Nate Feltman: Make talent attraction a priority for rescue cash

Congratulations to all involved in making our city and state shine while hosting the Big Ten men’s basketball tournament, followed by arguably the biggest basketball tournament in the world—the NCAA Men’s Basketball Tournament. For a basketball-crazy state with a sports-driven capital city, there was no better elixir to kick-start the rebound of our city and state.

Next month, the roar of Indy cars will fill Speedway, and professional soccer will return to Carroll Stadium on the IUPUI campus as the Indy Eleven commences its eighth season. And given our state’s organized rollout of the COVID vaccine, a sense of optimism is building that it will not be long before downtown is once again humming with activity as employers one-by-one begin to encourage their employees to return to work.

Our city and state also just this week received unexpected good news—Indianapolis ranks fourth nationally out of 53 large metro areas for job attraction and retention. The Wall Street Journal and Moody Analytics conducted the study, which examined U.S. labor markets over the past year. The study in part credits those regions/states at the top of the list with taking a measured approach in response to the pandemic, as compared to the lockdowns on the coasts.

The Wall Street Journal notes that our region’s diverse mix of businesses—which include pharma, logistics, warehousing, manufacturing and technology—helped keep our employment base steady and growing even against the challenge of the pandemic. The increase in online purchases meant employment growth at our multiple Amazon warehouses, as well as at FedEx’s hub at the airport.

Also highlighted is local startup ClusterTruck, which expanded during the pandemic. The pandemic increased growth for its delivery-only restaurant model. ClusterTruck hired not only cooks, but also software engineers and project managers, some of whom moved to Indiana from other states. Chris Baggott, the company’s founder, highlighted our city and state as a great place to start a business.

In the period of one year, the Indy region moved from 39th to fourth in job growth and retention. Now we must sustain the momentum. We are well positioned to become a destination for those desiring a high quality of life, a stable and predictable economic and political environment, and a supportive community that welcomes newcomers. Our state and region must act boldly in our pursuit of talent.

Let’s use some of the $3 billion from the Biden “American Rescue Plan” to attract and retain talent that will create the businesses and jobs of the future. Here are ideas that could pay dividends:

 Offer a scholarship for any graduating high school senior to attend an institution of higher learning in Indiana, with a requirement that the student stay in Indiana a minimum of three years after graduation.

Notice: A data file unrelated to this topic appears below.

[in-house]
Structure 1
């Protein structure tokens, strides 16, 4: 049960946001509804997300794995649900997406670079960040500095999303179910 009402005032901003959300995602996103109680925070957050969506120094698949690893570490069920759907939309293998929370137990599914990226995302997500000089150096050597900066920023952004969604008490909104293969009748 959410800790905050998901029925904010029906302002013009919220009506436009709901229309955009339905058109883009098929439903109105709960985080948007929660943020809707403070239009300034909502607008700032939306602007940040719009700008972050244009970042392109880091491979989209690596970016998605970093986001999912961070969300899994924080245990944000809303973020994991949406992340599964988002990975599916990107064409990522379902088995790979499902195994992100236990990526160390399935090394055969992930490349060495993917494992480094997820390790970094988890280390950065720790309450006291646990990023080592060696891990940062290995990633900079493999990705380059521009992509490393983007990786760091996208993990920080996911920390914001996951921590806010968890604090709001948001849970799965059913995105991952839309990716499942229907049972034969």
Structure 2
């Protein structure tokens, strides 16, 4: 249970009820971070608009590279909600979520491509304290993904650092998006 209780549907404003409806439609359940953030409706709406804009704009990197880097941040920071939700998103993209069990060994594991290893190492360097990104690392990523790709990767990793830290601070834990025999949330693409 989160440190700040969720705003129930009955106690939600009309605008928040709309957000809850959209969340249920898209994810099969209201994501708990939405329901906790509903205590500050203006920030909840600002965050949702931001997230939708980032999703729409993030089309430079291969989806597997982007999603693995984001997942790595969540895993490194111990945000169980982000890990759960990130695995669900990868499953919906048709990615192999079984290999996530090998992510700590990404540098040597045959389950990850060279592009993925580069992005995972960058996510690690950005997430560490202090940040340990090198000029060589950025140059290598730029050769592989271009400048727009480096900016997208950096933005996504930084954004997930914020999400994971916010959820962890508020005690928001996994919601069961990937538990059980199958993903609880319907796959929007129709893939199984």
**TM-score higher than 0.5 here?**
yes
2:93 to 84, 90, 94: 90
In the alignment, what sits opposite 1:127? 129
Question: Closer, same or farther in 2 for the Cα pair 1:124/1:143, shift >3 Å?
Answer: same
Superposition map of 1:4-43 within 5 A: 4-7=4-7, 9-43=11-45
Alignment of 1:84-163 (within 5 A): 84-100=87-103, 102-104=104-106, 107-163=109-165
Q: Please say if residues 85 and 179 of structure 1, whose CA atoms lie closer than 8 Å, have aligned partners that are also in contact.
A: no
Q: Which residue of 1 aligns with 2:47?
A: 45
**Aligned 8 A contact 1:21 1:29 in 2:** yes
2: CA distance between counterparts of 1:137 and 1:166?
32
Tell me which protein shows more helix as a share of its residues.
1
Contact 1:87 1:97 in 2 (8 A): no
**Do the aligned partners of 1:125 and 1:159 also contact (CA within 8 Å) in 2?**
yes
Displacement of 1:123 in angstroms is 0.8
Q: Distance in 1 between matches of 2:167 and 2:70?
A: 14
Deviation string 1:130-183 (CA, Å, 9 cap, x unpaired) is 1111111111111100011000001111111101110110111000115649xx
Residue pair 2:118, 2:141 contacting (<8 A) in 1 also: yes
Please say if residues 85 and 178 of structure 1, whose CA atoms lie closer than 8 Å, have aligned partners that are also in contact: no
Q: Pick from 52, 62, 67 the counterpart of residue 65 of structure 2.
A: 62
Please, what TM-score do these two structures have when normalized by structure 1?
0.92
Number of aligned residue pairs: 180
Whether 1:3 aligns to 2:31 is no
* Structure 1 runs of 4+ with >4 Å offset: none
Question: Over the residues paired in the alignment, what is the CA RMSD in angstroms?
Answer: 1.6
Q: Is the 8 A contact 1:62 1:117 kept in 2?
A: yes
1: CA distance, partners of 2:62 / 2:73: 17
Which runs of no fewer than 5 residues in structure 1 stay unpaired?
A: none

Invest in the Orr Fellowship program and increase substantially the number of college grads placed at Indiana companies by motivating them to hire our graduates (pairing with the above-referenced scholarship would be a powerful incentive).

 Encourage remote workers to choose Indiana by providing a tax credit or cash grant for moving or first-year rent expenses (extra incentive if you move your startup business as well).

 Implement Bill Oesterle’s ideas from last week’s issue: a Talent TIF (tax increment financing) and The Plant Your Roots program geared at keeping out-of-state college students in Indiana after graduation.

We have a unique opportunity to build upon our sound economic and other advantages. Let’s aggressively pursue talent attraction and retention initiatives now.•

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Feltman is CEO of IBJ Media. To comment, email nfeltman@ibj.com.

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One thought on “Nate Feltman: Make talent attraction a priority for rescue cash

  1. It’s a lovely idea to give Indiana kids scholarships to state universities, but until we properly fund higher education with the stipulation of accepting more in-state students instead of the out-of-state students who pay higher tuition, it’s not going to change anything.

    The increased barriers that in-state students face with getting accepted to the colleges our tax dollars fund has been a problem for a decade straight and no one does anything about it. We are encouraging future generations to leave Indiana and go elsewhere, and those who do get accepted to Indiana/Purdue/BSU can’t wait to leave and go somewhere else.

    I posit the above would make a lot more sense than bribing people to come here after the fact with tax credits. I’ve always heard it’s easier to keep a customer then recruit a new one, the same is probably true of residents.

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